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Module 4: How the Students See It

C. Scientific Explanation

We often provide explanations, such as:
...why there is day and night; why the Moon goes through phases; why the stars shine; ....

Scientific explanations fall into 3 levels of intellectual development:

Scientific Explanation Skills
Egocentric Level (starts about age 4)
Commonly attributes motives and purposes to inanimate objects, or assumes all phenomena are produced by human actions for human purposes, e.g. “The Sun comes up so we’ll feel warm.”
Concrete Level (starts about age 8 or 9)
More complex relationships between various elements familiar to the individual can now be used to explain phenomena. New observations can be appropriately used in revising explanations, e.g. “The sun does not always rise in the east and set in the west because I have a compass and found it set in the southwest.”
Formal Level (starts about high school age)
Can extend explanations to predict new observations and objectively compare one’s own explanations with alternatives, e.g. “If the earth is really closer to the sun in the winter, the difference must not be very great, or it would be hotter in the winter than in the summer.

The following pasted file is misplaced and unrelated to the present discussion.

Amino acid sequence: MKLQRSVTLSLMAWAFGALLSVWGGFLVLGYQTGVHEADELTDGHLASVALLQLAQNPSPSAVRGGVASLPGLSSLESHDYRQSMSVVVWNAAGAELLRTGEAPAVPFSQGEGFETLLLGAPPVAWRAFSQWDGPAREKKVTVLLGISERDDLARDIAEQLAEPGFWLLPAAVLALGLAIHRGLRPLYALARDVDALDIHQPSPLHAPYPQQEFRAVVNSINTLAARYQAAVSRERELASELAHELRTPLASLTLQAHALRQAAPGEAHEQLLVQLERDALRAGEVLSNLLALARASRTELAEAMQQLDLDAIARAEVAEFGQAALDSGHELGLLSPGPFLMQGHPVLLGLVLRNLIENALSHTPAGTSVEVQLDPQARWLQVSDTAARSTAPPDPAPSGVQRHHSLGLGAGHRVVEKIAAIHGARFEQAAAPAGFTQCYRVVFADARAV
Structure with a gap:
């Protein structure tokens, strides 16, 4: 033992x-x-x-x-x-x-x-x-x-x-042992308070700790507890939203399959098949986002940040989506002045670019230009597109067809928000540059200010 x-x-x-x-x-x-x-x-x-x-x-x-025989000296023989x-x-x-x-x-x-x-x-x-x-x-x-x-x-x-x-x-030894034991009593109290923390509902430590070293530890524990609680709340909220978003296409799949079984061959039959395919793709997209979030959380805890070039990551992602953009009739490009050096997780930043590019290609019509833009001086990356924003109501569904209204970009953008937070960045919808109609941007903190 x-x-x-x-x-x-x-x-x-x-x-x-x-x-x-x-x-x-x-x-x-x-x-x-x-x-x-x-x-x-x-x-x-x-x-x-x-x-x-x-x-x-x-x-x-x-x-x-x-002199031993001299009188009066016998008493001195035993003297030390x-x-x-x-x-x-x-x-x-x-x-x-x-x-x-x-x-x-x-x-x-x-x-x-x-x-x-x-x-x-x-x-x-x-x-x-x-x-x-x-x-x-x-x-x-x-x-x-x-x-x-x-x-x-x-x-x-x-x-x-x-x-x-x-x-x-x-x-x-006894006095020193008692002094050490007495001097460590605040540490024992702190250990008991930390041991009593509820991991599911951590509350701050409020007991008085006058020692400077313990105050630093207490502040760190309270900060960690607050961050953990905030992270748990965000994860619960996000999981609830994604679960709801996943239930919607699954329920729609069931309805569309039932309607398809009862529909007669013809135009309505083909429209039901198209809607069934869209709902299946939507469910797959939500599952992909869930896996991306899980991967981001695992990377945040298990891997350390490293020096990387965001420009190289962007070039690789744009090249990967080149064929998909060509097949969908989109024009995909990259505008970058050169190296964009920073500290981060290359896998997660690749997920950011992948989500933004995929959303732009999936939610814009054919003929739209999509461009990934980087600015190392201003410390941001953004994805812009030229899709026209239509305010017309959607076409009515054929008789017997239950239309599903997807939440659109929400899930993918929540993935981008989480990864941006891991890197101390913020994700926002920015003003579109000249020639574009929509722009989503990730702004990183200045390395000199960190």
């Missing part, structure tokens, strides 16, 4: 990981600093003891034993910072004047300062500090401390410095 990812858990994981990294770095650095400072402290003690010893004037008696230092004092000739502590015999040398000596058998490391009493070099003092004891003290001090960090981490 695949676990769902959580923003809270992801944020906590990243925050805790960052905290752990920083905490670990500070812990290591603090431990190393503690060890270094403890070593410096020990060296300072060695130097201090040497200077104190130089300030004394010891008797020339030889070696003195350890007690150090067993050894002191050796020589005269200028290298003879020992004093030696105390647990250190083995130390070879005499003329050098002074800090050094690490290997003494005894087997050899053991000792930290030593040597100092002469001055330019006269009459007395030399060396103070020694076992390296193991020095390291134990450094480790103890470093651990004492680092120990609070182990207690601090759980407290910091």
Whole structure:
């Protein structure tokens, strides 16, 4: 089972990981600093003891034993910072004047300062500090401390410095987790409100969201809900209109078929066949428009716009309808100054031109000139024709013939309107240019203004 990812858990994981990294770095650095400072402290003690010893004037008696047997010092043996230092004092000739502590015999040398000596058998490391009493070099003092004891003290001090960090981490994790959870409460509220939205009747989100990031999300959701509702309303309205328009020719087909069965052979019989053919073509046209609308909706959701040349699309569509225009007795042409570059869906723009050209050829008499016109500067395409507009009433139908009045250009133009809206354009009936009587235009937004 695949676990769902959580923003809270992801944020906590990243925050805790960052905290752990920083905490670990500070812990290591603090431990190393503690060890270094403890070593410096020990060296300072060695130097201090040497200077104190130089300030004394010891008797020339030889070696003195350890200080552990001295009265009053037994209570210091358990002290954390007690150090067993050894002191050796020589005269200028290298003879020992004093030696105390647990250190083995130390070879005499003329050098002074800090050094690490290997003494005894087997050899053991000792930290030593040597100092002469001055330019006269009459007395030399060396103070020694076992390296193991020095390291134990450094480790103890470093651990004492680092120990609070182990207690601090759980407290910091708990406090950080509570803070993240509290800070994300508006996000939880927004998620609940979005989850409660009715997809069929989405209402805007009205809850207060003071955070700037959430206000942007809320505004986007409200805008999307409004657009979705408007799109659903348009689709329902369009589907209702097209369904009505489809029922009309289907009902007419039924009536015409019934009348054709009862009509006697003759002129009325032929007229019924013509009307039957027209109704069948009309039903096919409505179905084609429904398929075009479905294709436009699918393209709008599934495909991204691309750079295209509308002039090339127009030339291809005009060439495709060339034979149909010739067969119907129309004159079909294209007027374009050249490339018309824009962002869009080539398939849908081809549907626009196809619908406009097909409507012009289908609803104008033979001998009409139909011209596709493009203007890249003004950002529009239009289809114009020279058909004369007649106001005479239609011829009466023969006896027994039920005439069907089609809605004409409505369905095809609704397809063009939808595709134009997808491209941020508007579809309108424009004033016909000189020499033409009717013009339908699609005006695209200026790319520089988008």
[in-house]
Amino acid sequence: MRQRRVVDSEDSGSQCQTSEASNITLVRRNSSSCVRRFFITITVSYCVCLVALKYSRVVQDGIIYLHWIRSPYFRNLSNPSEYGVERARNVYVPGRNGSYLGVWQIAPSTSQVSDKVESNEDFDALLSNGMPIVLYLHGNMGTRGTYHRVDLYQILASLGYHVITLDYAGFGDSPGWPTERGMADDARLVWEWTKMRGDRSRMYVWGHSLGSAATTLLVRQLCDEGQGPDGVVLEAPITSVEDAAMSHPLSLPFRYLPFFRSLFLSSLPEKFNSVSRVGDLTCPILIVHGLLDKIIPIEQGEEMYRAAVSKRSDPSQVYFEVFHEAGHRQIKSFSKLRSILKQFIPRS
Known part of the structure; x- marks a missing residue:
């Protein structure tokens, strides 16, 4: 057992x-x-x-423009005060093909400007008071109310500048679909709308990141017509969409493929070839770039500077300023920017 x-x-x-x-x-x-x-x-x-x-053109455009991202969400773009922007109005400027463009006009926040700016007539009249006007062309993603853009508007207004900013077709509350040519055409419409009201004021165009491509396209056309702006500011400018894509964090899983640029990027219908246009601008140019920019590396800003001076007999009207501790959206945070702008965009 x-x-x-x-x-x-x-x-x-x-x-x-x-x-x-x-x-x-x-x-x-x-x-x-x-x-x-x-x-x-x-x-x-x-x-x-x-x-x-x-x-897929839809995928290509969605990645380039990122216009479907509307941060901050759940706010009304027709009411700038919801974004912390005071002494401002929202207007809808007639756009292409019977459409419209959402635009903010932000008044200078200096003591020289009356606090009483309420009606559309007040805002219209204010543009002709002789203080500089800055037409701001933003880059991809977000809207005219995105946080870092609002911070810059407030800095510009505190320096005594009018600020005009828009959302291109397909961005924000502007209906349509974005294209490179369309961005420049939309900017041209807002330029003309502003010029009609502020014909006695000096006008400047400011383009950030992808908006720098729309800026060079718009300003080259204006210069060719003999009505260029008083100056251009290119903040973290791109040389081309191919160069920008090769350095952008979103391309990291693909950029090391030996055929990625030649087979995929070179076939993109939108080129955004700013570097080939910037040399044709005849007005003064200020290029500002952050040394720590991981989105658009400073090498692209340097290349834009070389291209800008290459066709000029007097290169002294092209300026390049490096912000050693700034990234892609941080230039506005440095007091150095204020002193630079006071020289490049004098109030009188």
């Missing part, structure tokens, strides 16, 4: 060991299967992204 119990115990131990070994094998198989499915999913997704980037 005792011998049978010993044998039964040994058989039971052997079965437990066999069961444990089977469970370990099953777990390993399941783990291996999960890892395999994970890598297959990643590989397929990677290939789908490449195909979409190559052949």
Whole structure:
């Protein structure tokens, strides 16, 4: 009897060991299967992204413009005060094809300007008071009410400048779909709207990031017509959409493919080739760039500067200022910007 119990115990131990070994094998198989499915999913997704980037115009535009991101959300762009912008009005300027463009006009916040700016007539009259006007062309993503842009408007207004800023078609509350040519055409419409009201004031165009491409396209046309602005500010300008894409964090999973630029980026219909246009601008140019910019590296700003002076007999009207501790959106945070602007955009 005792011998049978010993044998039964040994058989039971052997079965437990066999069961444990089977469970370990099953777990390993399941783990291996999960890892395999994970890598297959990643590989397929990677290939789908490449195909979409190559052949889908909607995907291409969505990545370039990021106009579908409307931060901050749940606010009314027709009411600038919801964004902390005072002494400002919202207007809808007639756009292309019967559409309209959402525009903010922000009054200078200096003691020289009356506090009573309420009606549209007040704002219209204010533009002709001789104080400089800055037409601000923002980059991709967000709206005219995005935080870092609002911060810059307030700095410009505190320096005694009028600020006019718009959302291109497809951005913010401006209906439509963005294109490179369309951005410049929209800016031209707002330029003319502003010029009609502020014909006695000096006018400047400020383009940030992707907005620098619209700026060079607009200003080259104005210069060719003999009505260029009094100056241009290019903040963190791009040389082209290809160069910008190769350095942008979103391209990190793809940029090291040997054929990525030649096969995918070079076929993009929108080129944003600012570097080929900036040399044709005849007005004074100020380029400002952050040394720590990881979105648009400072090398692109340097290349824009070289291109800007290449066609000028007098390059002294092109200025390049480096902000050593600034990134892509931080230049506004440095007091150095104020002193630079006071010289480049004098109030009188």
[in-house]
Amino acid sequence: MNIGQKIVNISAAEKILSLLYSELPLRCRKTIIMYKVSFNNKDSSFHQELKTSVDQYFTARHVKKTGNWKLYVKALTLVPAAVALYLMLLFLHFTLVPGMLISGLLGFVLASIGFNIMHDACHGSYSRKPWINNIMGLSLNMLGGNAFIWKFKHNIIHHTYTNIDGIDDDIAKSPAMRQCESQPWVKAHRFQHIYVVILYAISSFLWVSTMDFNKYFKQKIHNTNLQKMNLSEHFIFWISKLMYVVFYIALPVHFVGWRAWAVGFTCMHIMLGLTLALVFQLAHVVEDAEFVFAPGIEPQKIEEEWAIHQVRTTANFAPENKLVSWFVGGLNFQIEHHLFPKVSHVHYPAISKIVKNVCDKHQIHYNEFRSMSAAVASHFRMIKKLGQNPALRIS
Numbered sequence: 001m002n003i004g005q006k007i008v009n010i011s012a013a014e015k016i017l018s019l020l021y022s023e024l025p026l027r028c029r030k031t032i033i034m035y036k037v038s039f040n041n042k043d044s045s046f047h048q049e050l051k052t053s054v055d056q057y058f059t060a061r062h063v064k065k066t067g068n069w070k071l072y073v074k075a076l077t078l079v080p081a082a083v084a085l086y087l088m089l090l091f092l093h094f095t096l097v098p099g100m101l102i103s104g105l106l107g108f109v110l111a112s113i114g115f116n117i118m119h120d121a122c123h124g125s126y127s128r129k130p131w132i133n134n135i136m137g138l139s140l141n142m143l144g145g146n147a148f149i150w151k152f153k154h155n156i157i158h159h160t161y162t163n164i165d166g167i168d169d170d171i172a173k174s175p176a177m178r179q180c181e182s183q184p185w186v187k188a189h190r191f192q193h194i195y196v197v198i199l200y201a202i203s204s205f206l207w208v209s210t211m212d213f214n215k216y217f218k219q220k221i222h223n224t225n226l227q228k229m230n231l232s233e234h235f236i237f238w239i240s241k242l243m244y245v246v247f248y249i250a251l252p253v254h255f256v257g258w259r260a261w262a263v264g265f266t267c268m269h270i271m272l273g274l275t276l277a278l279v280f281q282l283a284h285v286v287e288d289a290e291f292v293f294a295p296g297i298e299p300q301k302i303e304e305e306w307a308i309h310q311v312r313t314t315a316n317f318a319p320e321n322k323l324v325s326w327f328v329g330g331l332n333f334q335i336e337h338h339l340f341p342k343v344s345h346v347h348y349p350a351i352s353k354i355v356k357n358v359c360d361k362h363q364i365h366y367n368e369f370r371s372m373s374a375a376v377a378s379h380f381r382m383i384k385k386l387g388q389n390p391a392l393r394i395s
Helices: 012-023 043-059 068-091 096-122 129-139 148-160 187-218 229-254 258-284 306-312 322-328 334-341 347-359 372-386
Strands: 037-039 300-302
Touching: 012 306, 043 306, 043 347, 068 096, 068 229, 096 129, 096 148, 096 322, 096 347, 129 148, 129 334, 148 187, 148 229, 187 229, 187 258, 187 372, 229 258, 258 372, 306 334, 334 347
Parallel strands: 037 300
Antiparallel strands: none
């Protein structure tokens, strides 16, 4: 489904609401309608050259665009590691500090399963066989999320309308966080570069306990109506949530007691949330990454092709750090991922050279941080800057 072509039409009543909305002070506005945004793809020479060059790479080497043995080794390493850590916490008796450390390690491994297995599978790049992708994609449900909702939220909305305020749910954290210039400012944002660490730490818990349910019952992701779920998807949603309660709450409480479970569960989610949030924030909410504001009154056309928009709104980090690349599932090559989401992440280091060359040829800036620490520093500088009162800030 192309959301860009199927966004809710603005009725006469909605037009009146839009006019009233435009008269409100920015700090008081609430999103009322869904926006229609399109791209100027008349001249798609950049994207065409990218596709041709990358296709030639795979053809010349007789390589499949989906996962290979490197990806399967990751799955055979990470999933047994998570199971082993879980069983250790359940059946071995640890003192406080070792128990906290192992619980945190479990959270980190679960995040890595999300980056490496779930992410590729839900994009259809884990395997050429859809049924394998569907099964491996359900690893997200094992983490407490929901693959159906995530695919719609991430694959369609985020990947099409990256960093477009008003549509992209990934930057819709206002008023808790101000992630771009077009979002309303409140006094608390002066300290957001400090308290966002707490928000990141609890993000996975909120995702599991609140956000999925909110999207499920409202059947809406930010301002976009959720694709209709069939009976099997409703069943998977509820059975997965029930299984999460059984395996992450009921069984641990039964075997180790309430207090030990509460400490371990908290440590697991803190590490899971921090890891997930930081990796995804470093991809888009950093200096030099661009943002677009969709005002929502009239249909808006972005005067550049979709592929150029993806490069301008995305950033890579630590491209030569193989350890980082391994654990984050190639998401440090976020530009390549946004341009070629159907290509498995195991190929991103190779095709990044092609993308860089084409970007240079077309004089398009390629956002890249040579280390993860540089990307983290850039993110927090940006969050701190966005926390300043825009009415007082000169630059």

Let's look at children’s answers to the following problem.

A teacher asked her students to draw what the Moon looked like.
Some students drew it as shown on the left,
others drew it as shown in the middle,
and still others drew the Moon like the picture on the right. 


Are these pictures all of the Moon?
If yes, then explain why the Moon has different shapes at different times.

Before we look at children's responses, 

please write your own answers.




Consider responses by some school children.
How do their notions of a “scientific explanation” differ from your own?


Joe, 8 years old.

Interviewer: How can you explain these different shapes, Joe?
Joe: It divides itself in different shapes....
Interviewer: Does it ever put itself back together again?
Joe: In the daytime. In the nighttime it divides itself again.
Interviewer: Why is it that you can only see this part (pointing to crescent) or that part (pointing to half disk) at a time?
Joe: Cause it’s been divided up.

At what level of reasoning is Joe’s answer?














Joe’s explanation has reasoning at the egocentric level. 

Egocentric explanations attribute motives and purposes to inanimate objects or assume all phenomena are produced by human actions for human purposes. Because the child has intention and purpose, he assumes everything else has these attributes as well. This mode of thinking is called “animism.”